The Cleveland Heights High School Alumni Foundation will host its 20th annual Scholarship Pancake Breakfast on Sunday, April 17, 9 a.m. to 12:30 p.m.

With Heights High under construction, the breakfast will take place at the temporary Heights High on the Wiley campus, at 2181 Miramar Blvd. in University Heights. This event is open to the public, and will feature tours of the building, to show how it is serving as Heights High’s temporary home.

Proceeds from the all-you-can-eat breakfast will benefit scholarship programs for Heights High seniors. Last year, more than 500 alumni, students, families and friends enjoyed all-you-can-eat pancakes.

Admission is $7 for adults, and $5 for kids and seniors.

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Volume 9, Issue 5, Posted 10:25 AM, 04.11.2016

CH residents open fitness club on South Taylor

Michael and Jodi Meilstrup in front of CrossFit I/O. 

A new fitness club opened on Jan. 15 at 2086 South Taylor Road, next to Cafe Tandoor, near Cedar Road. Called CrossFit I/O, it’s owned by two Cleveland Heights residents, Michael and Jodi Meilstrup.

At CrossFit, members work out with other members. “You work out as a team,” Jodi said. “We work out in a way that our bodies naturally move, to become stronger and more fit. You use your entire body for almost every exercise. For example, if you are rowing, you use your legs, your back, your stomach and your arms.”

The CrossFit chain was started in 2000, and there are now more than 13,000 affiliates around the world. “I believe that a new affiliate opens every nine days,” Michael said.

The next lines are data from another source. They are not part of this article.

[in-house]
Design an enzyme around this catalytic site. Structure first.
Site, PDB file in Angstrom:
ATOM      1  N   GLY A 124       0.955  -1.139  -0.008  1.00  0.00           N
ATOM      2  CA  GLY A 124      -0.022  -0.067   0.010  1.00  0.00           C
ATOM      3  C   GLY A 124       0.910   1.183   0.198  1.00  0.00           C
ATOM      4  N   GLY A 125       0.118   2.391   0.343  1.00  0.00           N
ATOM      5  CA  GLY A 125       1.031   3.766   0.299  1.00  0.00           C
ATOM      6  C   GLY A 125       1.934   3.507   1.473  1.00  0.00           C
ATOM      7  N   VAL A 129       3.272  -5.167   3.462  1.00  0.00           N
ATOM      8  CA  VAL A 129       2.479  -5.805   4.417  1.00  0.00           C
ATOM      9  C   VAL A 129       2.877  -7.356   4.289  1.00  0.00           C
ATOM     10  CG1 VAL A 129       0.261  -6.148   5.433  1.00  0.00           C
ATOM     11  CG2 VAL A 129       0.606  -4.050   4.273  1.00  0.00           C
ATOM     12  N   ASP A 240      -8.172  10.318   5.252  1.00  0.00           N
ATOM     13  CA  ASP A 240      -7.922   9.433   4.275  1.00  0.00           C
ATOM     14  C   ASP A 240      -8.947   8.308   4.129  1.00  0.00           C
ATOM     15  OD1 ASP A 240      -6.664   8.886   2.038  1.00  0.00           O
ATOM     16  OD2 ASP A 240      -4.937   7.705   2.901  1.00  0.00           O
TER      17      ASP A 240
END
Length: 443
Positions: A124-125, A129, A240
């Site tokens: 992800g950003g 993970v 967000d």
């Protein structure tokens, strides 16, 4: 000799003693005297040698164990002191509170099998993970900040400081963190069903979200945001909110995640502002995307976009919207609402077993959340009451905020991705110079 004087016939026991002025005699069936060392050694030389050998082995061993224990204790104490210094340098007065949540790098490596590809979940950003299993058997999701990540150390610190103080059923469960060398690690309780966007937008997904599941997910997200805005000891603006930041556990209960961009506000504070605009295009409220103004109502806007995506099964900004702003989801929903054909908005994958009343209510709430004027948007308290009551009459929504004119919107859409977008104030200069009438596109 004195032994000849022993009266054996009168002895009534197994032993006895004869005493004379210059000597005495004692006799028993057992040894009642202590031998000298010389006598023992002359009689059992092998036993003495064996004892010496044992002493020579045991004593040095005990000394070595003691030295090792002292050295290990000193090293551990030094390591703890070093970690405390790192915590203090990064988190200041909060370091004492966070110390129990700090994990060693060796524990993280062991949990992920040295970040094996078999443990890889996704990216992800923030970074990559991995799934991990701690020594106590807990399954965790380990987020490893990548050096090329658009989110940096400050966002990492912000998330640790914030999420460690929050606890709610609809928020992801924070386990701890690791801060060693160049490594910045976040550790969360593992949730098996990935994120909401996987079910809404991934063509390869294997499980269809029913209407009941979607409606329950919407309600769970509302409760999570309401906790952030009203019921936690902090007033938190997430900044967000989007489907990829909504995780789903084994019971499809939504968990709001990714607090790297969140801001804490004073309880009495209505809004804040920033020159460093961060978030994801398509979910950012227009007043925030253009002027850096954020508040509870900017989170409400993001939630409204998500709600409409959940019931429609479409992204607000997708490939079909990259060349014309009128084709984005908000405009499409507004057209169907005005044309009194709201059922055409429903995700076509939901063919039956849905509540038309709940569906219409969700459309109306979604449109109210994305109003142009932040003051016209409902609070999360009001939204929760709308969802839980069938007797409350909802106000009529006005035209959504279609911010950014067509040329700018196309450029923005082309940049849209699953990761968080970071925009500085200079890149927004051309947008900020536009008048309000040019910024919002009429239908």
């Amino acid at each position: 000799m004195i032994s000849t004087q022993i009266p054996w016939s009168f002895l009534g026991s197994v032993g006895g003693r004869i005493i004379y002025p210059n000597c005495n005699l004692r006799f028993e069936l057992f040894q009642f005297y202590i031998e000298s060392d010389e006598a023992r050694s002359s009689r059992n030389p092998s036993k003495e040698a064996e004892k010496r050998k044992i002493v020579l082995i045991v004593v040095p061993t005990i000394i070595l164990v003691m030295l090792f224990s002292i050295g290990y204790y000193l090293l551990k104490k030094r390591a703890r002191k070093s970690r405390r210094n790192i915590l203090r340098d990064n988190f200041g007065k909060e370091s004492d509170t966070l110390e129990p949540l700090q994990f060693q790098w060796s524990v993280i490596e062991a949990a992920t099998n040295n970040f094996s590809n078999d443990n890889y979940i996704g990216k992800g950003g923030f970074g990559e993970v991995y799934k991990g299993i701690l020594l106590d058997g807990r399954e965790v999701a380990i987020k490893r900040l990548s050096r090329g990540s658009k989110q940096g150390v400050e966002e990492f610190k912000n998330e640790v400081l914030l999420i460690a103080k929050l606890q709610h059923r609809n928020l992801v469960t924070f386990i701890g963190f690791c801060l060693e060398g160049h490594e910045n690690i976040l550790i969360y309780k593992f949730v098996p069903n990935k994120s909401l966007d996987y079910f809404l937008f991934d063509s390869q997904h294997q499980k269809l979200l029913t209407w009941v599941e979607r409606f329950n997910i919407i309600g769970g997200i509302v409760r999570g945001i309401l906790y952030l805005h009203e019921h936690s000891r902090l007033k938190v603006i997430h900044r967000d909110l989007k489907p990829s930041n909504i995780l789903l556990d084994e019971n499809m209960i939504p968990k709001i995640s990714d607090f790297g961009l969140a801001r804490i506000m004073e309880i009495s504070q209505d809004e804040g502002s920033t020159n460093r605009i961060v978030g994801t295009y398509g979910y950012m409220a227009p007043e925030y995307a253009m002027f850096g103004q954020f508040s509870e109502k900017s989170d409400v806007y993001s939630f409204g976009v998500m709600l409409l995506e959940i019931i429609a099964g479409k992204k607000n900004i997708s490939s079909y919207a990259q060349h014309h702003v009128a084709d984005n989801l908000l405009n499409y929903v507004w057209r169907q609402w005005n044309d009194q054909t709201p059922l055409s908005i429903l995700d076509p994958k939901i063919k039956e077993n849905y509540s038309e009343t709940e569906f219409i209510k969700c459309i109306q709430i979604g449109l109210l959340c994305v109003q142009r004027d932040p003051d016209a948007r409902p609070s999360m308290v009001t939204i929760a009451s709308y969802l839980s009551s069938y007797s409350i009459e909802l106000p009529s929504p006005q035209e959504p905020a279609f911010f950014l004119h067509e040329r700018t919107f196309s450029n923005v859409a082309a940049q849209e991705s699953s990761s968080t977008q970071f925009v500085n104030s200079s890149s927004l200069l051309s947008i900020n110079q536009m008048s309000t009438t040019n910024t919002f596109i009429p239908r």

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Volume 9, Issue 5, Posted 9:52 AM, 04.05.2016

Communion of Saints School hosts April 6 Kindergarten Information Night

Communion of Saints School will host a Kindergarten Information Night on Wednesday, April 6, 6–7 p.m., for parents of children who will be starting kindergarten in fall 2016. Child care will be provided.

Parents will have an opportunity to learn about the school’s kindergarten program, daily curriculum, outstanding student achievements and enrichment programs, and to find out if students are eligible for an EdChoice scholarship. 

Communion of Saints School is a welcoming, inclusive community, rooted in Gospel values, nurturing spirituality, academic success and social responsibility. The school has served thousands of families, providing a faith-based education, combined with tradition and service. Its goal is to enrich students’ lives by challenging them to excel in school and to value and respect their community and family.

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Volume 9, Issue 5, Posted 11:38 AM, 04.04.2016

Teachers and supporters protest school district plan to cut staff

School district teachers, students and community members picket outside of the Board of Education building. Photo courtesy of Andrea C. Turner.

Cleveland Heights–University Heights City School District teachers, students and community members began "informational picketing" outside of the CH–UH Board of Education building on March 21, to draw attention to the administration's proposed school staffing cuts, to take effect before the beginning of the 2016–17 academic year. The cuts would eliminate 52 staff positions: 17.5 teacher positions at Heights High; 12.5 teacher positions between Roxboro and Monticello middle schools; 15 teachers within the seven elementary schools; plus a total of seven administration and classified (non-teaching) positions.